Texas takes lead helping kids in foster care

A recent report from the Annie E. Casey Foundation shows how states can make sure children living in foster care have the same opportunities as their peers, and Texas is ahead of the curve.

In the last session, the Legislature passed Senate Bill 1407, a law that makes it easier for children to do things others take for granted, such as playing sports or having an after school job.

Andy Homer, director of public affairs with the Texas Court Appointed Special Advocates, says the goal is to level the playing field by removing unnecessary restrictions.

“It continues to create additional barriers to healthy emotional and mental health development,” he states. “We want all these kids in the system to participate in the same activities that every other child is able to do.”

Homer says foster parents were required to do background checks on families before children could attend a sleepover.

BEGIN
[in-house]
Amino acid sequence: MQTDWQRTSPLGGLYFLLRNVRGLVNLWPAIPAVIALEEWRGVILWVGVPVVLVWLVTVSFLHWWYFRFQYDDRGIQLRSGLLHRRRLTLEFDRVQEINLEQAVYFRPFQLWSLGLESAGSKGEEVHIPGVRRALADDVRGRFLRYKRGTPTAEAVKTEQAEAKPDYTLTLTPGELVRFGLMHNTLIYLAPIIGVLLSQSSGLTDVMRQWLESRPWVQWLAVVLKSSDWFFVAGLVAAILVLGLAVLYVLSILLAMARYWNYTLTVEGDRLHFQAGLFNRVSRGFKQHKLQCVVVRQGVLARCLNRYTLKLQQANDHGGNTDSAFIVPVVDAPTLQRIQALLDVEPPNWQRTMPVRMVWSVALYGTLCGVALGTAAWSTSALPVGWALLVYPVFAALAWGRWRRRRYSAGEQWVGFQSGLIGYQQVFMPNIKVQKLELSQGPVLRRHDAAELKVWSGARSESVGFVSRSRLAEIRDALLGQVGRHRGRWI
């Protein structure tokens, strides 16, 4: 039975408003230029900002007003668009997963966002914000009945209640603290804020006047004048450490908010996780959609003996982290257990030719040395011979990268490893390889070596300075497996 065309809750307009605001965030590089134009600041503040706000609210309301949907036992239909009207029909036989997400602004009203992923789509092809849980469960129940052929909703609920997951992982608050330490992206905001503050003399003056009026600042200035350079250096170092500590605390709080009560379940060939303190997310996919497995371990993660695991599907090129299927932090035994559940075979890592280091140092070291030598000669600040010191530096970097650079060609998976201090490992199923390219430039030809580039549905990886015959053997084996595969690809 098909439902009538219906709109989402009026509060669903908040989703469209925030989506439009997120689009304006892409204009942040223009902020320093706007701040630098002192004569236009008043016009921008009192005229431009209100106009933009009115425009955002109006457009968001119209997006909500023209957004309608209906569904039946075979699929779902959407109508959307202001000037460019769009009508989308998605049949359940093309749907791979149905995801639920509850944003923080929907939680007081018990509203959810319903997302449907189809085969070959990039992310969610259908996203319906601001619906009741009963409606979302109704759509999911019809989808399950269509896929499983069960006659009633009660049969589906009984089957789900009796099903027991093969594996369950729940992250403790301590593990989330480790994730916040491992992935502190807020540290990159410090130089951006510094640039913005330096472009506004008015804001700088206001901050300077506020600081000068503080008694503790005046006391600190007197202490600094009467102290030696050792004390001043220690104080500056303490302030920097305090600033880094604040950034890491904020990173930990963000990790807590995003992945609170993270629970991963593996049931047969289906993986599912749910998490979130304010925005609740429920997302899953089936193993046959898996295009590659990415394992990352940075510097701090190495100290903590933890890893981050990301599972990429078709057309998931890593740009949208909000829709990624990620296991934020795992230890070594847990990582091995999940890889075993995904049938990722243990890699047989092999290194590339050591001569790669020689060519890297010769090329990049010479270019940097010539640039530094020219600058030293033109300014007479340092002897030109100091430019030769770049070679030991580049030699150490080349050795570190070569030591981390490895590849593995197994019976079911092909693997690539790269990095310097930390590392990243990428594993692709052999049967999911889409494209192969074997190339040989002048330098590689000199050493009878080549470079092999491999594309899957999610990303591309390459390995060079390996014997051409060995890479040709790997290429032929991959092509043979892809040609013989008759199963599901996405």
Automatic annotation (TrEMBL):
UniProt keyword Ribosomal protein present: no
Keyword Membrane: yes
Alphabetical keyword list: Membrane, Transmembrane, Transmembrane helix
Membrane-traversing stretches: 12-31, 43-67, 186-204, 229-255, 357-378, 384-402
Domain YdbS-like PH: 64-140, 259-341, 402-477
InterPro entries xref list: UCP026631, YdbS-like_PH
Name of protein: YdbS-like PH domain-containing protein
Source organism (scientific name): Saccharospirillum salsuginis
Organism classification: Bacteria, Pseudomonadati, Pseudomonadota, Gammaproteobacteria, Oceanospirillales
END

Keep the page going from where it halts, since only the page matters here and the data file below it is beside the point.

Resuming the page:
When fully implemented, SB 1407 will put Texas in compliance with the Strengthening Families Act, a measure passed by Congress in 2014 to improve the experiences of children in foster care.

The Casey Foundation report, “What Young People Need to Thrive,” compiles recommendations from people across the nation who experienced foster care directly. They say children need connections to family and the ability to make more decisions for themselves.

The report found because children frequently have a history of trauma, foster parents also need additional training.

Todd Lloyd, a senior policy associate with the Casey Foundation, says because the state acts as legal guardian, concerns about liability have often kept young people in foster care from activities that help children feel like they belong.

“Because it has been a system oriented toward safety, protecting children, that it’s very easy to create policies that are overly restrictive out of concern for safety and also the liability,” he points out.

Author: Eric Galatas, Public News Service